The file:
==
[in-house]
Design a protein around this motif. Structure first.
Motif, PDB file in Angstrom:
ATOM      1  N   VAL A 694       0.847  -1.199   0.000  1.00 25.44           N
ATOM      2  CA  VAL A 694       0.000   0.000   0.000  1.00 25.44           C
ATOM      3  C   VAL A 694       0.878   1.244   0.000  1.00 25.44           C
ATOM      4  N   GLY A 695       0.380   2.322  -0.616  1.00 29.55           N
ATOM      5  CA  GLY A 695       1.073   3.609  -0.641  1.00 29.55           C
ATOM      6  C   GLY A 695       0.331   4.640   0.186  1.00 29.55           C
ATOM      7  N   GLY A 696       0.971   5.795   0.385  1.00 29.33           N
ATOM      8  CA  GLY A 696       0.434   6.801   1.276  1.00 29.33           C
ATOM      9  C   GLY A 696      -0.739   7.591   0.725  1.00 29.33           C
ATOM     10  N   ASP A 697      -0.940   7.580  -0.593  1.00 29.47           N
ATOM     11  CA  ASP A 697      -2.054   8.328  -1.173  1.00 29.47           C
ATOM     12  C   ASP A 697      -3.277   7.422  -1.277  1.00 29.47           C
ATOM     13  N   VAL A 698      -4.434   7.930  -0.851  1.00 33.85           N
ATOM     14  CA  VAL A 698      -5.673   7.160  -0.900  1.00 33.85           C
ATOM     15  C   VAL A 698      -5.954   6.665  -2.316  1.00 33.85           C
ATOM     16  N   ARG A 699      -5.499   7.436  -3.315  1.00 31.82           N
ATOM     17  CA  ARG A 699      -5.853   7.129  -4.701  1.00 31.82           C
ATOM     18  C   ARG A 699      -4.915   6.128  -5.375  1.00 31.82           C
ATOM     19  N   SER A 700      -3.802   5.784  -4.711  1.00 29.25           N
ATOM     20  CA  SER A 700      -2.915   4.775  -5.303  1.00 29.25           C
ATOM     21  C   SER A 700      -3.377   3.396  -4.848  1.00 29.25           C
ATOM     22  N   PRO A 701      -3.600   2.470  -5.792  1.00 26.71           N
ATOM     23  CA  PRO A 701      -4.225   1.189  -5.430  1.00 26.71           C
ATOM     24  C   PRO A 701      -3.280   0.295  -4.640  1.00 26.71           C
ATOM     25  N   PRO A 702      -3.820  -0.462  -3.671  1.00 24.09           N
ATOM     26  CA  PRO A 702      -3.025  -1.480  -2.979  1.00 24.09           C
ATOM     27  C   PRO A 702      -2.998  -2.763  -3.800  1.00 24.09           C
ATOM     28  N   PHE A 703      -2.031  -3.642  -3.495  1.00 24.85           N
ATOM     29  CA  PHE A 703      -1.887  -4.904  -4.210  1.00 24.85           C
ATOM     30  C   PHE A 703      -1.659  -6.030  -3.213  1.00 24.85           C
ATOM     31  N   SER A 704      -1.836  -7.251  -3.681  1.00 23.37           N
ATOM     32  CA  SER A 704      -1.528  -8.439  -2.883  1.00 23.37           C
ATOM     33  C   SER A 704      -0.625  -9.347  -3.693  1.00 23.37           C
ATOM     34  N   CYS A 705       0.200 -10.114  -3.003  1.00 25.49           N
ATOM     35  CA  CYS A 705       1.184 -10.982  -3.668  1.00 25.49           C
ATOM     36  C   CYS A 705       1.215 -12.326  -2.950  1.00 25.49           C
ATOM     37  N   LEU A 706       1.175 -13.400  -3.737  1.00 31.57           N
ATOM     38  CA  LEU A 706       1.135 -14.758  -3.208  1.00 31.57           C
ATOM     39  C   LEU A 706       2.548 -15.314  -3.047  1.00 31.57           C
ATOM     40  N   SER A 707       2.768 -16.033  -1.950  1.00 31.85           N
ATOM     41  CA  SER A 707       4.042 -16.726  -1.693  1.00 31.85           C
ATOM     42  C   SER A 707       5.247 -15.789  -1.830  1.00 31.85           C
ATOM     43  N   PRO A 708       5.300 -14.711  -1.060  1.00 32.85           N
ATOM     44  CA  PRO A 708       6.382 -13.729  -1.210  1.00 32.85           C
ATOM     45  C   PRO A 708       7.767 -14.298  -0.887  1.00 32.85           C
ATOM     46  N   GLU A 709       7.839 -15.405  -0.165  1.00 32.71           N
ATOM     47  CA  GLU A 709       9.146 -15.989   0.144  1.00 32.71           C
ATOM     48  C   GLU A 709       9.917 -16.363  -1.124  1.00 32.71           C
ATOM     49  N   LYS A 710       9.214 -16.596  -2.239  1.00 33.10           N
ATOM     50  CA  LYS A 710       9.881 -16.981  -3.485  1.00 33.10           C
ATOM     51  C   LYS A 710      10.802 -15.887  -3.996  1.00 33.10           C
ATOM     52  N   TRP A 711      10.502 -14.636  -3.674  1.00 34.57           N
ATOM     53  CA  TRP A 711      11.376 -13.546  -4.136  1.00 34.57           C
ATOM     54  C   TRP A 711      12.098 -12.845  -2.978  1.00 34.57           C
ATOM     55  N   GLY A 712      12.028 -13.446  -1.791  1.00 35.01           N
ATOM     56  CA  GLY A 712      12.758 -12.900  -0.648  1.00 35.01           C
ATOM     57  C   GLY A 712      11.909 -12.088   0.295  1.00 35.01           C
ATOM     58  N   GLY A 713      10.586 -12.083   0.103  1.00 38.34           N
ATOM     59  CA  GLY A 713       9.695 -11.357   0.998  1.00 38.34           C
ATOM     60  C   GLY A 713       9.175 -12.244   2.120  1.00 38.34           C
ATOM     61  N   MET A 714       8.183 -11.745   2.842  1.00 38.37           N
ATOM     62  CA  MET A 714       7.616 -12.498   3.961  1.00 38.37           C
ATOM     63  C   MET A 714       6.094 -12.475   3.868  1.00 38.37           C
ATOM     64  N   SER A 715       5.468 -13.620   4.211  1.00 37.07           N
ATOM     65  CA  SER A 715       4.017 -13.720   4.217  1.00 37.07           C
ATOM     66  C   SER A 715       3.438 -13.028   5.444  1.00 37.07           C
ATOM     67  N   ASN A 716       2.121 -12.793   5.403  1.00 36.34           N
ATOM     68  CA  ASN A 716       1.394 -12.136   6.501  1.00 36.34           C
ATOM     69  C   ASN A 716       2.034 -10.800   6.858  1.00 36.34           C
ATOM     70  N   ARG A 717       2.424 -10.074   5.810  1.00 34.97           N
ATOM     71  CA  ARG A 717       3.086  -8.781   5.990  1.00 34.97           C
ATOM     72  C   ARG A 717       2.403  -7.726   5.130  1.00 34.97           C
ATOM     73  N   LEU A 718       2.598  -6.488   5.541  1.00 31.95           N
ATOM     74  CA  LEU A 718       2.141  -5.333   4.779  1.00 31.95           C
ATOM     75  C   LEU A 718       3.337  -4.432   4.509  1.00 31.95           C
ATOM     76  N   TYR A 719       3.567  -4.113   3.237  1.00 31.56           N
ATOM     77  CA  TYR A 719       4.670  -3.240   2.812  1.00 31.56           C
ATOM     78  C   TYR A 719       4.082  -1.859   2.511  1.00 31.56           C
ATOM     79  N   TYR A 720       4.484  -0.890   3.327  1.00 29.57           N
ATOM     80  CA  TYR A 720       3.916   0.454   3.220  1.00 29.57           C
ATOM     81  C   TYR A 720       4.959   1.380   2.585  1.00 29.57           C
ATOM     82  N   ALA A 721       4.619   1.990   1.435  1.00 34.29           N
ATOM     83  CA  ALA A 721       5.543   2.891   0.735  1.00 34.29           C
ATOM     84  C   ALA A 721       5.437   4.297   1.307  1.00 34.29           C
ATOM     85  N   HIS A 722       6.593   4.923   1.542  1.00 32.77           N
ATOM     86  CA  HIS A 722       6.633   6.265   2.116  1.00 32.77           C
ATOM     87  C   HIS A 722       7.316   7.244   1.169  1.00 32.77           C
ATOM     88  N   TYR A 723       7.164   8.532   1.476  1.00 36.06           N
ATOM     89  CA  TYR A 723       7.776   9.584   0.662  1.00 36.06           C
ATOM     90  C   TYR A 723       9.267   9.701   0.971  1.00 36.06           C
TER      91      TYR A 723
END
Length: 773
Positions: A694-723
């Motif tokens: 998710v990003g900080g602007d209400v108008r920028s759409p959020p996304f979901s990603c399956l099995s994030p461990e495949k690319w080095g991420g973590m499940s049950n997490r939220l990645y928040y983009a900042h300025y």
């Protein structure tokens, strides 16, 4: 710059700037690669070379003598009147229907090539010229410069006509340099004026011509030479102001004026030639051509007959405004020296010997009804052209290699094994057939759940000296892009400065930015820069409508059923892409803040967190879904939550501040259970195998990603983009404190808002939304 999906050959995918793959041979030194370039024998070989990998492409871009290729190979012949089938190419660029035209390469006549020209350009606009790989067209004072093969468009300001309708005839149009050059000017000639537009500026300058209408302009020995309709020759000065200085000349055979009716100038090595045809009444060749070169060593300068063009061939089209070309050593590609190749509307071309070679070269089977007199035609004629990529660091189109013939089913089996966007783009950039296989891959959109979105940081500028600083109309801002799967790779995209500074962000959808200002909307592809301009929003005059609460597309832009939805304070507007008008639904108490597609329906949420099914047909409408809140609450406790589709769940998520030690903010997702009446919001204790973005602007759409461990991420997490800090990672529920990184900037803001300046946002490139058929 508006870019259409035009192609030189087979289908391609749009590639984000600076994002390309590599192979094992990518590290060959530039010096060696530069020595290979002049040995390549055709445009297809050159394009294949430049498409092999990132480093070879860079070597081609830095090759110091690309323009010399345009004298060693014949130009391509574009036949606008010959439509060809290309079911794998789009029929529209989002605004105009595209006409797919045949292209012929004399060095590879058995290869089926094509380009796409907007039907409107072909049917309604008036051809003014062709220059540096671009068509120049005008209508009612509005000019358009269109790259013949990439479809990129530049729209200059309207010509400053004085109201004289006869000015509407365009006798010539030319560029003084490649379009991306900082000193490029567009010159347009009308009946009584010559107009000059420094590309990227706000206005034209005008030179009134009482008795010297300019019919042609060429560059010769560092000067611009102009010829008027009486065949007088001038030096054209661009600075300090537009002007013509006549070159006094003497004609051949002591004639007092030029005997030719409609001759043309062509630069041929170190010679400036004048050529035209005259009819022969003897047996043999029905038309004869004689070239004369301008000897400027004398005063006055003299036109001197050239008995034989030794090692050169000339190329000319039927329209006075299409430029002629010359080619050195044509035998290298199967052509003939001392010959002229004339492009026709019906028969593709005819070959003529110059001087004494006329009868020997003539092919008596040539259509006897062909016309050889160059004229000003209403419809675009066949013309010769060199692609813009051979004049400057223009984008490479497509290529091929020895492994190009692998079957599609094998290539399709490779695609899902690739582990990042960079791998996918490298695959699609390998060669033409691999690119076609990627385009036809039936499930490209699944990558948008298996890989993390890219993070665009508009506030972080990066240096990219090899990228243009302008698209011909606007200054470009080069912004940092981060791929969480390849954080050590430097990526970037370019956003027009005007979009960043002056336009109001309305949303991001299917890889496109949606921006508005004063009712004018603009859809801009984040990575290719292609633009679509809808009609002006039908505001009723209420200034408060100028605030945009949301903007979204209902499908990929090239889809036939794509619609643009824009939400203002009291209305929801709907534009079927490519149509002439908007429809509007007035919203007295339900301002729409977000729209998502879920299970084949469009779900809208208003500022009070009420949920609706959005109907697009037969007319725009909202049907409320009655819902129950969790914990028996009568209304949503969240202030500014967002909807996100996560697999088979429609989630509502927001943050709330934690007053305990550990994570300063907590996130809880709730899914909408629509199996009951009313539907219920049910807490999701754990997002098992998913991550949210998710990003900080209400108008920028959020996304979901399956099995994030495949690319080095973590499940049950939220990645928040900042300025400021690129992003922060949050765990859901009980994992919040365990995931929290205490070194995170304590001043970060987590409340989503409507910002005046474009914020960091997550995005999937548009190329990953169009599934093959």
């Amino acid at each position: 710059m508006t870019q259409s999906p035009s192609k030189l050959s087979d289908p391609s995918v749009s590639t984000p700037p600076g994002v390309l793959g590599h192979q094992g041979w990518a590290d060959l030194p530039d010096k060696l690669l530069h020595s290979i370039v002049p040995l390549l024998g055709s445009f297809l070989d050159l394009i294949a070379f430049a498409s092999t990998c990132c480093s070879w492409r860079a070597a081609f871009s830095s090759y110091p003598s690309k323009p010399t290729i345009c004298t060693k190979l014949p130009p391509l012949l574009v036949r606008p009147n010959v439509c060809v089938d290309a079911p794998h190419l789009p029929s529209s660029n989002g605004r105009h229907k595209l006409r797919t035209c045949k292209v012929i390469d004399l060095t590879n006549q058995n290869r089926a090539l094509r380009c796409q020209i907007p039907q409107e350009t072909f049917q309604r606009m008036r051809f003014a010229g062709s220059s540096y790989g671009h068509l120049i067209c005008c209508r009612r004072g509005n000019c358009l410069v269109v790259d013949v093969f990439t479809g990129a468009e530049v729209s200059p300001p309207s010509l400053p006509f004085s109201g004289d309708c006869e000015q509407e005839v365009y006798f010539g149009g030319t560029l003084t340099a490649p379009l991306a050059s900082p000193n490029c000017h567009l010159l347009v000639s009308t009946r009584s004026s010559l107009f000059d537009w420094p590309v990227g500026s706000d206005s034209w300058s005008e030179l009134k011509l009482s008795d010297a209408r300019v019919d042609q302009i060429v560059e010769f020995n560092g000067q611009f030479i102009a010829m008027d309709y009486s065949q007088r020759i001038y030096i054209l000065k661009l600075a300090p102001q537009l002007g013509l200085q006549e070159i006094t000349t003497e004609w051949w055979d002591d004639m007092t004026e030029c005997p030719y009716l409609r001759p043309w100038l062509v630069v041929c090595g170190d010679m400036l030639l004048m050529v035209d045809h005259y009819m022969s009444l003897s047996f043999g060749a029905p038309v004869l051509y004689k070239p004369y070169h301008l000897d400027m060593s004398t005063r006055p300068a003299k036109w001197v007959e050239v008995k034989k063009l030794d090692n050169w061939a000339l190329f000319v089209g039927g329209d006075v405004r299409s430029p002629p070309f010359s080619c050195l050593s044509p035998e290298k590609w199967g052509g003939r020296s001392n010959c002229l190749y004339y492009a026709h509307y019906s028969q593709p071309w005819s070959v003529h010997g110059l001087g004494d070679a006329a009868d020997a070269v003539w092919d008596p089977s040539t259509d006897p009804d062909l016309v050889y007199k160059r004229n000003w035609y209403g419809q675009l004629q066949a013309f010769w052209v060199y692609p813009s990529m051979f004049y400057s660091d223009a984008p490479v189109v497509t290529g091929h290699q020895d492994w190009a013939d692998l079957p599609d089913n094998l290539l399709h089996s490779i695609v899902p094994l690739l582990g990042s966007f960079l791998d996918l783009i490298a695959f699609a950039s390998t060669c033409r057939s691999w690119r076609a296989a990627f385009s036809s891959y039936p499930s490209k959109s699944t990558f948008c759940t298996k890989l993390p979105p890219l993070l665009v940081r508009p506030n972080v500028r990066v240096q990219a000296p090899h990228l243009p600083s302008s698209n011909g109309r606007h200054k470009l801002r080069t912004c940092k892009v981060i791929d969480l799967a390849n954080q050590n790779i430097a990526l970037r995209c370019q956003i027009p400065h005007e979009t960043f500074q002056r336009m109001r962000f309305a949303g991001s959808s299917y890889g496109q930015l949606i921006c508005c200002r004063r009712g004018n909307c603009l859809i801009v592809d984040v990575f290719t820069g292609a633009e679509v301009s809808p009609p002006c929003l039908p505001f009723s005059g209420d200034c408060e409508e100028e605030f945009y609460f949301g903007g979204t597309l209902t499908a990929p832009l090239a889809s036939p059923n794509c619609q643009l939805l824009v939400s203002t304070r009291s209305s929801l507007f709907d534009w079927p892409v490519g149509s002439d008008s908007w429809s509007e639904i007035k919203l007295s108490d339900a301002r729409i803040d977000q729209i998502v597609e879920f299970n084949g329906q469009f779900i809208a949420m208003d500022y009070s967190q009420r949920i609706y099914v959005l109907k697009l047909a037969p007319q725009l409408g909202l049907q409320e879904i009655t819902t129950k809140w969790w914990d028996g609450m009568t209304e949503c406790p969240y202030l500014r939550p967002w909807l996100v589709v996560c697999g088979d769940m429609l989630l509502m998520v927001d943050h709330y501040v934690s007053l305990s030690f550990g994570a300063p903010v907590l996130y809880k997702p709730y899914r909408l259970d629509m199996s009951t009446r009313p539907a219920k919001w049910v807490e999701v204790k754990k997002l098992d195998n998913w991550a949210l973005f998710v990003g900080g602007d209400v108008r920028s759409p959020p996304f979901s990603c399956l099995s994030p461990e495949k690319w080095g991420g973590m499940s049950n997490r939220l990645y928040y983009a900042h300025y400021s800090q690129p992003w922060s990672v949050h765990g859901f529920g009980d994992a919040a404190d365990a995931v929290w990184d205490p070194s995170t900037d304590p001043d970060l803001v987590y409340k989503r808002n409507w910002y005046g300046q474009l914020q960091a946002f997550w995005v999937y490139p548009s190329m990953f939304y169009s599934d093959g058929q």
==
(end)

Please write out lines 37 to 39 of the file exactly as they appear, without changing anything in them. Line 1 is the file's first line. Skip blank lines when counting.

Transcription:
ATOM     34  N   CYS A 705       0.200 -10.114  -3.003  1.00 25.49           N
ATOM     35  CA  CYS A 705       1.184 -10.982  -3.668  1.00 25.49           C
ATOM     36  C   CYS A 705       1.215 -12.326  -2.950  1.00 25.49           C